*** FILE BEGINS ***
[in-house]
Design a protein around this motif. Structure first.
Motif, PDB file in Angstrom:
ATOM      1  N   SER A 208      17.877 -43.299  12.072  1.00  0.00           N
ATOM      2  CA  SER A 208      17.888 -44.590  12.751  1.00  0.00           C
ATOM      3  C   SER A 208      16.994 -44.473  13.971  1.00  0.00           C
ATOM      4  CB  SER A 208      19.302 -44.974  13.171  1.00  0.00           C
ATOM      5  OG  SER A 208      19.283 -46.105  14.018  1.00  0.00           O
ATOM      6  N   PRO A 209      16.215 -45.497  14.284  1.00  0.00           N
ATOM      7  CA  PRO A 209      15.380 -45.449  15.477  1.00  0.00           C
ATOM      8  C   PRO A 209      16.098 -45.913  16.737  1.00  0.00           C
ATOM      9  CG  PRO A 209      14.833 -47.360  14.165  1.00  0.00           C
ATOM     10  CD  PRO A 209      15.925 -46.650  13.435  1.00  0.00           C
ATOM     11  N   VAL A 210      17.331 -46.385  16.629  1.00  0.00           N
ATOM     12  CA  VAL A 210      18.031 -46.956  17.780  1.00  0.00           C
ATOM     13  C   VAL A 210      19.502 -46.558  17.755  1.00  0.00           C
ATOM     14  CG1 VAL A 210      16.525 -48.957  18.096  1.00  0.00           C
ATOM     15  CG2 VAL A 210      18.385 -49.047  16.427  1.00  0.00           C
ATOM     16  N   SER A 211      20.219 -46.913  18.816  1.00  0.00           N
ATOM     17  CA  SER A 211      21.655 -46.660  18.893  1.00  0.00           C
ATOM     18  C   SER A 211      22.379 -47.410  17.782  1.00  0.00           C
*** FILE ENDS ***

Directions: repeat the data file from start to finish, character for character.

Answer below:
[in-house]
Design a protein around this motif. Structure first.
Motif, PDB file in Angstrom:
ATOM      1  N   SER A 208      17.877 -43.299  12.072  1.00  0.00           N
ATOM      2  CA  SER A 208      17.888 -44.590  12.751  1.00  0.00           C
ATOM      3  C   SER A 208      16.994 -44.473  13.971  1.00  0.00           C
ATOM      4  CB  SER A 208      19.302 -44.974  13.171  1.00  0.00           C
ATOM      5  OG  SER A 208      19.283 -46.105  14.018  1.00  0.00           O
ATOM      6  N   PRO A 209      16.215 -45.497  14.284  1.00  0.00           N
ATOM      7  CA  PRO A 209      15.380 -45.449  15.477  1.00  0.00           C
ATOM      8  C   PRO A 209      16.098 -45.913  16.737  1.00  0.00           C
ATOM      9  CG  PRO A 209      14.833 -47.360  14.165  1.00  0.00           C
ATOM     10  CD  PRO A 209      15.925 -46.650  13.435  1.00  0.00           C
ATOM     11  N   VAL A 210      17.331 -46.385  16.629  1.00  0.00           N
ATOM     12  CA  VAL A 210      18.031 -46.956  17.780  1.00  0.00           C
ATOM     13  C   VAL A 210      19.502 -46.558  17.755  1.00  0.00           C
ATOM     14  CG1 VAL A 210      16.525 -48.957  18.096  1.00  0.00           C
ATOM     15  CG2 VAL A 210      18.385 -49.047  16.427  1.00  0.00           C
ATOM     16  N   SER A 211      20.219 -46.913  18.816  1.00  0.00           N
ATOM     17  CA  SER A 211      21.655 -46.660  18.893  1.00  0.00           C
ATOM     18  C   SER A 211      22.379 -47.410  17.782  1.00  0.00           C